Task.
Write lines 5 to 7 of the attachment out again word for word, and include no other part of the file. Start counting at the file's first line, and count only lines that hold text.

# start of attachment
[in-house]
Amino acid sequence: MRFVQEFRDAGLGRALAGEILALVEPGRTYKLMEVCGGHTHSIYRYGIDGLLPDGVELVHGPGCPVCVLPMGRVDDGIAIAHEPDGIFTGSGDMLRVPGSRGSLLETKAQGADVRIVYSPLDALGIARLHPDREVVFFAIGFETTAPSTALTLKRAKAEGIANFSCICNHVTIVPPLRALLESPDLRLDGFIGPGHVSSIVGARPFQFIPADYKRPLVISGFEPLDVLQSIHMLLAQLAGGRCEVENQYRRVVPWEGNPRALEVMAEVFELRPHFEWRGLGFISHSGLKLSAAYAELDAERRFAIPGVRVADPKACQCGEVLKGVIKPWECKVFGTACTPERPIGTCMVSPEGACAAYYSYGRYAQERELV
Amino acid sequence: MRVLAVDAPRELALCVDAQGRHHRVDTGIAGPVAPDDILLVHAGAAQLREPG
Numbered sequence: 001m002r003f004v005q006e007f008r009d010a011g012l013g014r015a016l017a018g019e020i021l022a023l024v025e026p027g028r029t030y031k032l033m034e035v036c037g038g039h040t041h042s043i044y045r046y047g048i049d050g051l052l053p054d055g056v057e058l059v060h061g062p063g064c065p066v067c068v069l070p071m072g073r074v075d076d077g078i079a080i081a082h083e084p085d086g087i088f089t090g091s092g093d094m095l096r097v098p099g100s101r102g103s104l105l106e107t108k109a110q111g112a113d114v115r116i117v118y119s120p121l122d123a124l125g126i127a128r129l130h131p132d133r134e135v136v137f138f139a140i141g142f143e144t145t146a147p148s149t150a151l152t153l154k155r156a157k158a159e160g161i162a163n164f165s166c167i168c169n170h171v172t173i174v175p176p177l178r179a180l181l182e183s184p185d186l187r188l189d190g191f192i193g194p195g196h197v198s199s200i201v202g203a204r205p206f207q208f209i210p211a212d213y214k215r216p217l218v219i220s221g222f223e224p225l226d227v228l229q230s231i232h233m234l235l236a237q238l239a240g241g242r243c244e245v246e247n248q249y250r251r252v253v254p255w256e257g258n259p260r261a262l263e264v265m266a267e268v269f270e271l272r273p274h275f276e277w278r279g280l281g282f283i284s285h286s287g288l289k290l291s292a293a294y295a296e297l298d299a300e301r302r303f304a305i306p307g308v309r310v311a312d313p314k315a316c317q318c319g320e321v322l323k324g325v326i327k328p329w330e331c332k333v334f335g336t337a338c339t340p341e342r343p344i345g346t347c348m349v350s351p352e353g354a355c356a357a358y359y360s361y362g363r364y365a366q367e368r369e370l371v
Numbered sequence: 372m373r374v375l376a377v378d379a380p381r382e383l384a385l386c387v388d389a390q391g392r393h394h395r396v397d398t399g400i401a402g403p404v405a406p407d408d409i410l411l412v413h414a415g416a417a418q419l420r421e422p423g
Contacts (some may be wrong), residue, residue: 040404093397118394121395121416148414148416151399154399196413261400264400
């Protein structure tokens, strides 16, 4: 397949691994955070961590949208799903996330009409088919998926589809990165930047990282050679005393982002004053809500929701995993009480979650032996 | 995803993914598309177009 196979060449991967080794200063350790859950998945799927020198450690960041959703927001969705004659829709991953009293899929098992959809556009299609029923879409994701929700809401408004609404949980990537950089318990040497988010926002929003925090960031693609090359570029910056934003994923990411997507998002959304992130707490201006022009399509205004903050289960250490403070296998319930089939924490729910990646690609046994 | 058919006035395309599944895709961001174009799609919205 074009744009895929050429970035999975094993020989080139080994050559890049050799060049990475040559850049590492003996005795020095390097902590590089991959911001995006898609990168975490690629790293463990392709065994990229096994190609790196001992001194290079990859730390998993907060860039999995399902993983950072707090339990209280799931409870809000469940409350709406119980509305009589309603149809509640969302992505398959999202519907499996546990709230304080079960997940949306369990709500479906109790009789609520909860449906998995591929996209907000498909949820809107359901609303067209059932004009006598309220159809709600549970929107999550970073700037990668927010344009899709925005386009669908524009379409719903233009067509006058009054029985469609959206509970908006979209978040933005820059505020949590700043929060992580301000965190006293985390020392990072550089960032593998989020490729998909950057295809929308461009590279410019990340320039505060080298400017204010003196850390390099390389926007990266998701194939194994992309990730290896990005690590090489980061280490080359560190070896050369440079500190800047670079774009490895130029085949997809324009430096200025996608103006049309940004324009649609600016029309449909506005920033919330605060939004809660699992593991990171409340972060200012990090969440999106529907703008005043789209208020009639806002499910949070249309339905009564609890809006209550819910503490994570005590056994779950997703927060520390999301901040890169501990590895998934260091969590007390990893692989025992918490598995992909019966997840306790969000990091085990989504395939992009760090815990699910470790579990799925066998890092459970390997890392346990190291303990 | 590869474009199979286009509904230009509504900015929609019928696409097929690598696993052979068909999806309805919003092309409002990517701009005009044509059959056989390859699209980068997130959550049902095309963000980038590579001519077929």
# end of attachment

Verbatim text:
Numbered sequence: 372m373r374v375l376a377v378d379a380p381r382e383l384a385l386c387v388d389a390q391g392r393h394h395r396v397d398t399g400i401a402g403p404v405a406p407d408d409i410l411l412v413h414a415g416a417a418q419l420r421e422p423g
Contacts (some may be wrong), residue, residue: 040404093397118394121395121416148414148416151399154399196413261400264400
């Protein structure tokens, strides 16, 4: 397949691994955070961590949208799903996330009409088919998926589809990165930047990282050679005393982002004053809500929701995993009480979650032996 | 995803993914598309177009 196979060449991967080794200063350790859950998945799927020198450690960041959703927001969705004659829709991953009293899929098992959809556009299609029923879409994701929700809401408004609404949980990537950089318990040497988010926002929003925090960031693609090359570029910056934003994923990411997507998002959304992130707490201006022009399509205004903050289960250490403070296998319930089939924490729910990646690609046994 | 058919006035395309599944895709961001174009799609919205 074009744009895929050429970035999975094993020989080139080994050559890049050799060049990475040559850049590492003996005795020095390097902590590089991959911001995006898609990168975490690629790293463990392709065994990229096994190609790196001992001194290079990859730390998993907060860039999995399902993983950072707090339990209280799931409870809000469940409350709406119980509305009589309603149809509640969302992505398959999202519907499996546990709230304080079960997940949306369990709500479906109790009789609520909860449906998995591929996209907000498909949820809107359901609303067209059932004009006598309220159809709600549970929107999550970073700037990668927010344009899709925005386009669908524009379409719903233009067509006058009054029985469609959206509970908006979209978040933005820059505020949590700043929060992580301000965190006293985390020392990072550089960032593998989020490729998909950057295809929308461009590279410019990340320039505060080298400017204010003196850390390099390389926007990266998701194939194994992309990730290896990005690590090489980061280490080359560190070896050369440079500190800047670079774009490895130029085949997809324009430096200025996608103006049309940004324009649609600016029309449909506005920033919330605060939004809660699992593991990171409340972060200012990090969440999106529907703008005043789209208020009639806002499910949070249309339905009564609890809006209550819910503490994570005590056994779950997703927060520390999301901040890169501990590895998934260091969590007390990893692989025992918490598995992909019966997840306790969000990091085990989504395939992009760090815990699910470790579990799925066998890092459970390997890392346990190291303990 | 590869474009199979286009509904230009509504900015929609019928696409097929690598696993052979068909999806309805919003092309409002990517701009005009044509059959056989390859699209980068997130959550049902095309963000980038590579001519077929």